The Parker Solar Probe (PSP) completed 11 perihelions out of 24 planned last month. As the probe raced past the Sun, it was observed by more than 40 space and ground-based telescopes. They all are the most diverse, and observe our star at different wavelengths.The campaign included the recently commissioned Daniel K. Inouye Solar Telescope in Hawaii and the ESA-controlled Solar Orbiter. Among the entire armada, one spacecraft provided a unique vantage point — MAVEN. This is a Mars orbiter, controlled by NASA. Thus, it was one of the most coordinated space operations.
Unfortunately, none of these telescopes could see the PSP. The bus-sized device is so tiny against the gigantic size of the Sun that it is simply invisible to even the most powerful telescope.
What Parker Solar Probe had to go through
A few days before the 11th perihelion, the PSP was struck by a “large solar prominence”. The flash hit the spacecraft with charged particles. Such a blow would easily damage an unprotected spacecraft and destroy its electronics. But Parker was created for such turbulence. Its sensors are securely protected and have been busy collecting data all along.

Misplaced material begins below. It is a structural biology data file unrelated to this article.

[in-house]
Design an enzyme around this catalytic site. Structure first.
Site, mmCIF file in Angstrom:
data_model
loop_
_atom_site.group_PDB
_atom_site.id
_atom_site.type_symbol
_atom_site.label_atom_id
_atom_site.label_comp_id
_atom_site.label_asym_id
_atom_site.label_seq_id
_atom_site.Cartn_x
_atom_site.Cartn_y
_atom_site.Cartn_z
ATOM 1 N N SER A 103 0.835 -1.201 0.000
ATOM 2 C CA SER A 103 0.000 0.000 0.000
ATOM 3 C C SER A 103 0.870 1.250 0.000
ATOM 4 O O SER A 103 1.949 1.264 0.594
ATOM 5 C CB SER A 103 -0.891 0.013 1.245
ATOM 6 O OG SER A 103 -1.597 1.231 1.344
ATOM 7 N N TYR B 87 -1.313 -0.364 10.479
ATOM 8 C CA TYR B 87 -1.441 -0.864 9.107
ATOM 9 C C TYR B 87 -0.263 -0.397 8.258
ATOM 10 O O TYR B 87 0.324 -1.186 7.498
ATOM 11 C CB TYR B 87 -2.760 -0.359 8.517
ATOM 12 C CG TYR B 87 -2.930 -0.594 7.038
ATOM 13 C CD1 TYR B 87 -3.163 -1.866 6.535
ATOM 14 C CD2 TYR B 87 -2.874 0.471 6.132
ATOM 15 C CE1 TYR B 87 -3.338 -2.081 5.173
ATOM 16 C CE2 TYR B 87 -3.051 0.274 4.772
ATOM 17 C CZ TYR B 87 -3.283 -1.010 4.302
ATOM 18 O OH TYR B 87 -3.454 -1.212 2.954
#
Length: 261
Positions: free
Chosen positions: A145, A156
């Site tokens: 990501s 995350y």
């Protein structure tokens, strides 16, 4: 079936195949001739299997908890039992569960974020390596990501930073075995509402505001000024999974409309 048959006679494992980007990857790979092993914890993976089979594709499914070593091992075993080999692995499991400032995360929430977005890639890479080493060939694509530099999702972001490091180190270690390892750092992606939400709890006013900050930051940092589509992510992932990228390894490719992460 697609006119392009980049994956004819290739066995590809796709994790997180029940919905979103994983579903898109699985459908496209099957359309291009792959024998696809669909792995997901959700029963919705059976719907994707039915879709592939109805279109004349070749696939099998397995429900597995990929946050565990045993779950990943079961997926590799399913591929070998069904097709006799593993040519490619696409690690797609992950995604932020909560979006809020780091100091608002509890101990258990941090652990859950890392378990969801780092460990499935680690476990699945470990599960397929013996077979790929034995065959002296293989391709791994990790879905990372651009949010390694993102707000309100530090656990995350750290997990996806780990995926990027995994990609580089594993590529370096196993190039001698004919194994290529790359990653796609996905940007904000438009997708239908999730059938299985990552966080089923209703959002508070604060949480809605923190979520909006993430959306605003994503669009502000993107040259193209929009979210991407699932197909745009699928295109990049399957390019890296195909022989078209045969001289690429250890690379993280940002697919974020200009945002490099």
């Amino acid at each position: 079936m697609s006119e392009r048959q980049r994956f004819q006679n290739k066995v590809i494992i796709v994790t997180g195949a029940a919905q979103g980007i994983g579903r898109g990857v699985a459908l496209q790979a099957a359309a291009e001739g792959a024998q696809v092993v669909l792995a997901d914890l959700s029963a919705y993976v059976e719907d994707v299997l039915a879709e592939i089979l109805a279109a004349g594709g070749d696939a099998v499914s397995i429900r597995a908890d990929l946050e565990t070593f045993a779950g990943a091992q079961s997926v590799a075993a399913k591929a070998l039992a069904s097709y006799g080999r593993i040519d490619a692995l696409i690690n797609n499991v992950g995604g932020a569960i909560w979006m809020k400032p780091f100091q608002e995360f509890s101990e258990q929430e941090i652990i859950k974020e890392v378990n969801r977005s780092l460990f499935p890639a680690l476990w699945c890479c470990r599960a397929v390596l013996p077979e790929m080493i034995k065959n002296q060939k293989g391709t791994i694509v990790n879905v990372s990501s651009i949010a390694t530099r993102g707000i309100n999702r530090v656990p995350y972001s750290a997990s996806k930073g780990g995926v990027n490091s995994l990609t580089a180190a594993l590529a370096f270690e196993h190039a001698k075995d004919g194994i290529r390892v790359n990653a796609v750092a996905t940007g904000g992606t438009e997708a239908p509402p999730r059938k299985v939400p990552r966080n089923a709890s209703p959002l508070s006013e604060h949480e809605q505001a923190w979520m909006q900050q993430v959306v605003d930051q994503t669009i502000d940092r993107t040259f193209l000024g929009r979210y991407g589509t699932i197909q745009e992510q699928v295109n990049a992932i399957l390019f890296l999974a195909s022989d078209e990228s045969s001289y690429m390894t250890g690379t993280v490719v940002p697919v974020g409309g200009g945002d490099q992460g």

The probe already encountered a large amount of “high-speed dust” at the end of last year. However, this does not pose a danger to the spacecraft itself, but can only cause short-term noise in the probe’s devices. However, such extreme proximity allows Parker Solar Probe to set new speed records. As it travels around the largest object in our solar system, it gains incredible gravitational acceleration.
The last, 24th, perihelion of the PSP is scheduled for 2025. That same year, NASA plans to complete the mission of the fastest man-made spacecraft.
According to Universetoday.